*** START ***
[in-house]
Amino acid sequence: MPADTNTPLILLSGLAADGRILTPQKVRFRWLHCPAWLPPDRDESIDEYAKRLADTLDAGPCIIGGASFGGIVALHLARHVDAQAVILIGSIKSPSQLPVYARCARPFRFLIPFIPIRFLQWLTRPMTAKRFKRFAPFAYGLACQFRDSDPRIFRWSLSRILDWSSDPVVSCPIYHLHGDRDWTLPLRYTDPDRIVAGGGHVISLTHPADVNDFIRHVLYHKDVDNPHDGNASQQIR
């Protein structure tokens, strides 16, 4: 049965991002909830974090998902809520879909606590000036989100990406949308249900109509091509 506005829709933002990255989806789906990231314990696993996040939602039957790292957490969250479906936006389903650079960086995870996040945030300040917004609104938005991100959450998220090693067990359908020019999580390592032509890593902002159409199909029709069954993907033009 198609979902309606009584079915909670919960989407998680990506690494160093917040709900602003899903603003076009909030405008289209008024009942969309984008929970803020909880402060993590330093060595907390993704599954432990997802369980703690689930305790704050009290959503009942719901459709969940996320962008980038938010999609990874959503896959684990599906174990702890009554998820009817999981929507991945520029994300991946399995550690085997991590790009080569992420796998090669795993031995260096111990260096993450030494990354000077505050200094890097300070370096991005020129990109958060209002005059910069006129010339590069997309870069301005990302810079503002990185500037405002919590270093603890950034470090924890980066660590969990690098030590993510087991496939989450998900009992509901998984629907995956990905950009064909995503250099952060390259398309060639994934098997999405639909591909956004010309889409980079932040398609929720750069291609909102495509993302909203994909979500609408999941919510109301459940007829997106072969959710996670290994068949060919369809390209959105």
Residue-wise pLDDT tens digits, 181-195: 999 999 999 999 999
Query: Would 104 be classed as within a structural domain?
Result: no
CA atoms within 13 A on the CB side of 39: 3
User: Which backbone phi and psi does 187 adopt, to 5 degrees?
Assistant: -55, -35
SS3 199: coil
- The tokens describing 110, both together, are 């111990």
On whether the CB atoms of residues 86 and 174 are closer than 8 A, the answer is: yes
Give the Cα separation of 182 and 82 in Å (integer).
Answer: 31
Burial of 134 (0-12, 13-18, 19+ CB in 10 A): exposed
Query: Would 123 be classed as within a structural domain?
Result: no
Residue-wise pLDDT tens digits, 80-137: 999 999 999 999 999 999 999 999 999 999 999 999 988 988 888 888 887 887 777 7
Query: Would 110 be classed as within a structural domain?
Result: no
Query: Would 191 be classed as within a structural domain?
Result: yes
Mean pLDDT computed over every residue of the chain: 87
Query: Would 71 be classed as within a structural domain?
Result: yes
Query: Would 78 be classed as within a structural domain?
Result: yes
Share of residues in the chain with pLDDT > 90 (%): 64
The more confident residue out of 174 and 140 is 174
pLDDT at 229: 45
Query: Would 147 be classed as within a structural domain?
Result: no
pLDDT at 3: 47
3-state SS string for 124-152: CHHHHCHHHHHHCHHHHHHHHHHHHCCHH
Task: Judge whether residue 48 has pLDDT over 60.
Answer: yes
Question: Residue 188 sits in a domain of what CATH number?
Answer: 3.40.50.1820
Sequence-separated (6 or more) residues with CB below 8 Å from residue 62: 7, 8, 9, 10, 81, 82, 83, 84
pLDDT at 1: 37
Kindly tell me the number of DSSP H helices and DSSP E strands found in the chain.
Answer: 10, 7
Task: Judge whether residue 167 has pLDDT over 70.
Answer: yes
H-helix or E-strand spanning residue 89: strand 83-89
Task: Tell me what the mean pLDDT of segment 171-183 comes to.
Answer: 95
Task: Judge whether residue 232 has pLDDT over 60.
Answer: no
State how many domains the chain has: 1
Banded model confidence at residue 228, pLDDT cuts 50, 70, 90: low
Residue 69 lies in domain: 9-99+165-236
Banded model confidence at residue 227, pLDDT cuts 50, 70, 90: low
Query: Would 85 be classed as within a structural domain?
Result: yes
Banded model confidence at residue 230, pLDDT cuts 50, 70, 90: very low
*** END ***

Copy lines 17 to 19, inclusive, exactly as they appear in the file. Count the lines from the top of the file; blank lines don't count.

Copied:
Result: no
Residue-wise pLDDT tens digits, 80-137: 999 999 999 999 999 999 999 999 999 999 999 999 988 988 888 888 887 887 777 7
Query: Would 110 be classed as within a structural domain?